2. When will be the best time to sell?

 

selling a business

Preparing for the sale at least a year, possibly two years in advance, is critical, as it gives you time to show rising profits and a proven track record behind your investment thesis.

Ask any business brokers or a firm of professional advisors, and they will advise clients NOW is the best time to sell your business. They are selling businesses and only earn fees from an asset sale. So they would, wouldn’t they?

If you have created a great or even a good business with a clear track record and strategic value, then any time will be an excellent time to attract buyers. Often preparing thoroughly and taking your time will have the most significant impact on the eventual sale price.

 

3. How much is my business worth?

 

Determine the value of your business to you and potential buyers to set the asking price appropriately. Will prospective buyers value your business based upon tangible assets or future earnings? Consider hiring a corporate finance advisory firm or a business broker. They can tell you, amongst other things, the impact of the management team on valuation and the KPIs you should be looking at before selling your company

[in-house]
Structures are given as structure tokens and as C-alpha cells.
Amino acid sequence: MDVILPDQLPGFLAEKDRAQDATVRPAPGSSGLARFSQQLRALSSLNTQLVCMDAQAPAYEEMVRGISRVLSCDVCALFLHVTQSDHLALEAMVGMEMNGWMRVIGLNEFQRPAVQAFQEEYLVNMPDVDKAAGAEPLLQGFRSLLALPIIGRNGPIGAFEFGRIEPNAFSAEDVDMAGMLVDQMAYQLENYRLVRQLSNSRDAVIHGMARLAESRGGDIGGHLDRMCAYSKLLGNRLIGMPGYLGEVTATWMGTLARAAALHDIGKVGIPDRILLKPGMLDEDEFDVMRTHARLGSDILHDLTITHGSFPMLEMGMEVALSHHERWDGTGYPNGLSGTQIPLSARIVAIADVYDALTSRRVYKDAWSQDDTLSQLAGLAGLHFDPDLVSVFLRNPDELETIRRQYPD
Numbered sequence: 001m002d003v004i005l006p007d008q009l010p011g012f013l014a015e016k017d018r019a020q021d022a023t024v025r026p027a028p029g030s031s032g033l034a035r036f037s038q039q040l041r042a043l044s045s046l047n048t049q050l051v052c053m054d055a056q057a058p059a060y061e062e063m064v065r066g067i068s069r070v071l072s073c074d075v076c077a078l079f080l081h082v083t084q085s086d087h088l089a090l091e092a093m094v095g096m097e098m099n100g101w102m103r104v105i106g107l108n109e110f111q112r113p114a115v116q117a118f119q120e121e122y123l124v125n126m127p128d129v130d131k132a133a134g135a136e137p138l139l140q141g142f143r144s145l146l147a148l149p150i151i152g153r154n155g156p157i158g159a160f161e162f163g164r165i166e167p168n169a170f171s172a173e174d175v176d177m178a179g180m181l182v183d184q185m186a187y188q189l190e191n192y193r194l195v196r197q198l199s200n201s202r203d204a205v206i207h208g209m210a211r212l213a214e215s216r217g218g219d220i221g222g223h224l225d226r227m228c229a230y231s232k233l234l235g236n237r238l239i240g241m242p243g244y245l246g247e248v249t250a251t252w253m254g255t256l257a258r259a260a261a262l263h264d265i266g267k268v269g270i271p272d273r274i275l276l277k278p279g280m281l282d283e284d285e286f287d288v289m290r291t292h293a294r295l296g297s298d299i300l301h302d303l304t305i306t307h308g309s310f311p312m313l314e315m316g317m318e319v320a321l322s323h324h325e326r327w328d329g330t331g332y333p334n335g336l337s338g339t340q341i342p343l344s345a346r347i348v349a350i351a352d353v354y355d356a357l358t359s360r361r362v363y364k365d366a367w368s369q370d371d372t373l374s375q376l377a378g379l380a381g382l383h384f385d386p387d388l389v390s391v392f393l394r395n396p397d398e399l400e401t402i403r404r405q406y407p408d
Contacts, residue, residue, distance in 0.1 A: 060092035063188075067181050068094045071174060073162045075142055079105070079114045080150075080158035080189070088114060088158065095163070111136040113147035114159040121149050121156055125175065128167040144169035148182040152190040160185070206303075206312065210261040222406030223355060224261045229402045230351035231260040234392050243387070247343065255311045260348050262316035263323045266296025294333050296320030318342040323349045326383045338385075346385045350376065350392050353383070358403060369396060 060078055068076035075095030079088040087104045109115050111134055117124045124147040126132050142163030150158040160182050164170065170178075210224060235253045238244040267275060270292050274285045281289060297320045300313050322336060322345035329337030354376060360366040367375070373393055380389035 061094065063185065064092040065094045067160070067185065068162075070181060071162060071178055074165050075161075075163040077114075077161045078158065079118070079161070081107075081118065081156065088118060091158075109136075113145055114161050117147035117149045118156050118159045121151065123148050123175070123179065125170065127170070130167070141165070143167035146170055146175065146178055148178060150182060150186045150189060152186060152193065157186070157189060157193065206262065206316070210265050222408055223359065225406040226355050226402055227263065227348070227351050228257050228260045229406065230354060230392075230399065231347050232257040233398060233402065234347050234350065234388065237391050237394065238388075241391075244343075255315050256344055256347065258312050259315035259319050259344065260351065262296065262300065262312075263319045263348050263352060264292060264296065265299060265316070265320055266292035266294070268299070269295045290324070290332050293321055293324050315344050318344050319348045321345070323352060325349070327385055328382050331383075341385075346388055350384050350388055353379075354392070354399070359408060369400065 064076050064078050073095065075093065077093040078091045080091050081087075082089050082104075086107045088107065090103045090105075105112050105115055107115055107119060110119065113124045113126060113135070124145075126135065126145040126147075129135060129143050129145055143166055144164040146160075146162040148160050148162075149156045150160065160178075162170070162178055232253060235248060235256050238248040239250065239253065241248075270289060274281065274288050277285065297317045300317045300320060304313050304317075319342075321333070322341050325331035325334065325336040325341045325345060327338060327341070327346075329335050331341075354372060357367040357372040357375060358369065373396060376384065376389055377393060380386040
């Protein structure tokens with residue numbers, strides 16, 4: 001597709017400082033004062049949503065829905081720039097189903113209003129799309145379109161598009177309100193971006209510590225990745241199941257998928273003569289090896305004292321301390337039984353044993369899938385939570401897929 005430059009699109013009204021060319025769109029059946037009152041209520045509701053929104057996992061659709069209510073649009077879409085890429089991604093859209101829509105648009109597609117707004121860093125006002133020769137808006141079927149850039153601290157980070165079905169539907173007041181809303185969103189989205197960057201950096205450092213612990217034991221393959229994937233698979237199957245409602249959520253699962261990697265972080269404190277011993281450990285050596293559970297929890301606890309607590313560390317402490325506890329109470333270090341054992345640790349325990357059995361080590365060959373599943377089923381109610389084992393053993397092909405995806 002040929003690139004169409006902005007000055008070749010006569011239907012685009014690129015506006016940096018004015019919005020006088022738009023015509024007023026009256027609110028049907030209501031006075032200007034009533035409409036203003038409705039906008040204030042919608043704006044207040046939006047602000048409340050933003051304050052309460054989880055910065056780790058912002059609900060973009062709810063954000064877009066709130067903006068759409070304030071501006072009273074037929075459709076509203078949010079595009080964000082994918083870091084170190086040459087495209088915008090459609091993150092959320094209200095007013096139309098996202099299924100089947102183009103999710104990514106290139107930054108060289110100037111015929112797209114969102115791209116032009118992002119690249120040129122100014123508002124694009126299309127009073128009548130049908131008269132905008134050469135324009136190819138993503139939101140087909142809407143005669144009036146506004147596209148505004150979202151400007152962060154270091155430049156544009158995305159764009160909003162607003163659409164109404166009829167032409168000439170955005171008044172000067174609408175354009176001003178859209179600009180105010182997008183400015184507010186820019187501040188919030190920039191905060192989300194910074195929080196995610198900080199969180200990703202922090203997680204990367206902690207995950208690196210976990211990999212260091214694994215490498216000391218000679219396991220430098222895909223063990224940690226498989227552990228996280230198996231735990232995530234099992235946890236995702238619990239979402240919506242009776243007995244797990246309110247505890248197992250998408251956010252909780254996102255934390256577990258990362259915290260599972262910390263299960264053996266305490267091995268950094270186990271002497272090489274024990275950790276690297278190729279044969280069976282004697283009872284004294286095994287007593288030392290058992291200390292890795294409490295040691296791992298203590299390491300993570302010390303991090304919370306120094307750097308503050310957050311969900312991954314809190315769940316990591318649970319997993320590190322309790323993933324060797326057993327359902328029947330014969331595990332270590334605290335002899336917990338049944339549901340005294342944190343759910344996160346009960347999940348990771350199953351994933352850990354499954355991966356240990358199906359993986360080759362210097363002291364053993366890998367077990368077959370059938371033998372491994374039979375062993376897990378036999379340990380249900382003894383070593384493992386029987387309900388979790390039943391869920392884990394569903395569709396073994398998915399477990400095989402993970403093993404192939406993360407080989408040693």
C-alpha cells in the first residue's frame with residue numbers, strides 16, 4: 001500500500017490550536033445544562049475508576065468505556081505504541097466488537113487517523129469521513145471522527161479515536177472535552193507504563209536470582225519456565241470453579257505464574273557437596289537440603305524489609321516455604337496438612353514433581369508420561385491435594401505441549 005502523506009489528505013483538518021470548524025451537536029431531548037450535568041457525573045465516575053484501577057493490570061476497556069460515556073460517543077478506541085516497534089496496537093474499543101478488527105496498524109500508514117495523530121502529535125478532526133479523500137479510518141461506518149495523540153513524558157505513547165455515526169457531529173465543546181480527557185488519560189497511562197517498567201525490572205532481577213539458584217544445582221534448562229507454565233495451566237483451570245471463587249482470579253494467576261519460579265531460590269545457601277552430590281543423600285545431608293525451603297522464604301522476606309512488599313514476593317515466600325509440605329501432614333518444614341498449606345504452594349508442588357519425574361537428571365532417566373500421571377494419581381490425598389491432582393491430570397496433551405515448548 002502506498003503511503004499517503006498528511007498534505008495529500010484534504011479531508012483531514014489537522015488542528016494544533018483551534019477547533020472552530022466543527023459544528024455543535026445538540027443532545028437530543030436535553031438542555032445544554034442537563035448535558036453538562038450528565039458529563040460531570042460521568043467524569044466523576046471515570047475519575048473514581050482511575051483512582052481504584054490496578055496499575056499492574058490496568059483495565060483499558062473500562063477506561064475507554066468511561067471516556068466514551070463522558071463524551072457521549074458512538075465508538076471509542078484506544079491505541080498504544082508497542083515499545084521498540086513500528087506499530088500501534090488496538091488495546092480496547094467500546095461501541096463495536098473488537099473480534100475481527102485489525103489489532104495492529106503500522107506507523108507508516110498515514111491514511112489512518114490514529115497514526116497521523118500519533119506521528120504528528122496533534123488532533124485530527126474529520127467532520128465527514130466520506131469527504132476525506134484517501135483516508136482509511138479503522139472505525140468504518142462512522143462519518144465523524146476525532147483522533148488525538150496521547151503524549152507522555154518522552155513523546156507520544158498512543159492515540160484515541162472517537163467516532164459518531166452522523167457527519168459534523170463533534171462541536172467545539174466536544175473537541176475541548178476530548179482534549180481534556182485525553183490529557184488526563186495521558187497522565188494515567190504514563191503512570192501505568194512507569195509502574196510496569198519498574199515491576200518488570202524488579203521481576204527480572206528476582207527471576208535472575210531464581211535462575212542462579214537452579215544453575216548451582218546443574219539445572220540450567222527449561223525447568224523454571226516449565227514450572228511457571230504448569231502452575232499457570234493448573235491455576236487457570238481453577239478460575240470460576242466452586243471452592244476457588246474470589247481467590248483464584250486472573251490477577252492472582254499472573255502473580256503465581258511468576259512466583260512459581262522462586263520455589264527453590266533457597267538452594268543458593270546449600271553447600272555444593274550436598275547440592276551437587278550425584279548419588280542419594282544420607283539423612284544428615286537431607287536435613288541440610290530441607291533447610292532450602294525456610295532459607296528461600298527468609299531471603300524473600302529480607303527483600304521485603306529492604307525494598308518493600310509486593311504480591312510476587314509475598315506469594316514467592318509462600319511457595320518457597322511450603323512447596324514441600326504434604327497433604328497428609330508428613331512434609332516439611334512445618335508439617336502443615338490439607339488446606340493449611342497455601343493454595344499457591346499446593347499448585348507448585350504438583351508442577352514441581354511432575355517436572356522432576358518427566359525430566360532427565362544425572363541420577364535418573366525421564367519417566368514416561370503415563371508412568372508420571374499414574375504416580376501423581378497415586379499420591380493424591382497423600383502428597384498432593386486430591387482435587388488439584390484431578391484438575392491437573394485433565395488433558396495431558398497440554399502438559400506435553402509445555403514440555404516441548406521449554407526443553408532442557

On The Melting Pot podcast I host, I have sort advice from two tech firm advisors. Daniel Havercroft is a partner at Oakley Advisory, one of Europe’s leading independent corporate finance firms. He and I spoke about how best to achieve maximum value from your life’s work.

When it comes to selling your business, you want to drive your business valuation and be able to look at your business from the eyes of the prospective buyer rather than through your own eyes. To extract maximum value from the sale, you will probably need to change some aspects of your business. Daniel shares with us what those changes should be. We discuss scale, growth rate, recurring revenue and profitability.

 

4. Do I need a business broker?

 

Decide whether you would use an advisor or negotiate the sale to a potential buyer yourself. I chatted with John Ratliff, CEO of Scaling Up Coaches and founder of Appletree Answers, a telephone answering service he built from his apartment in 1995. He grew to $30 million before exiting in 2012 to well over market value. He believes anyone selling a business should get professional advice. However, they should ensure that the due diligence process will not reduce the sales price if they don’t.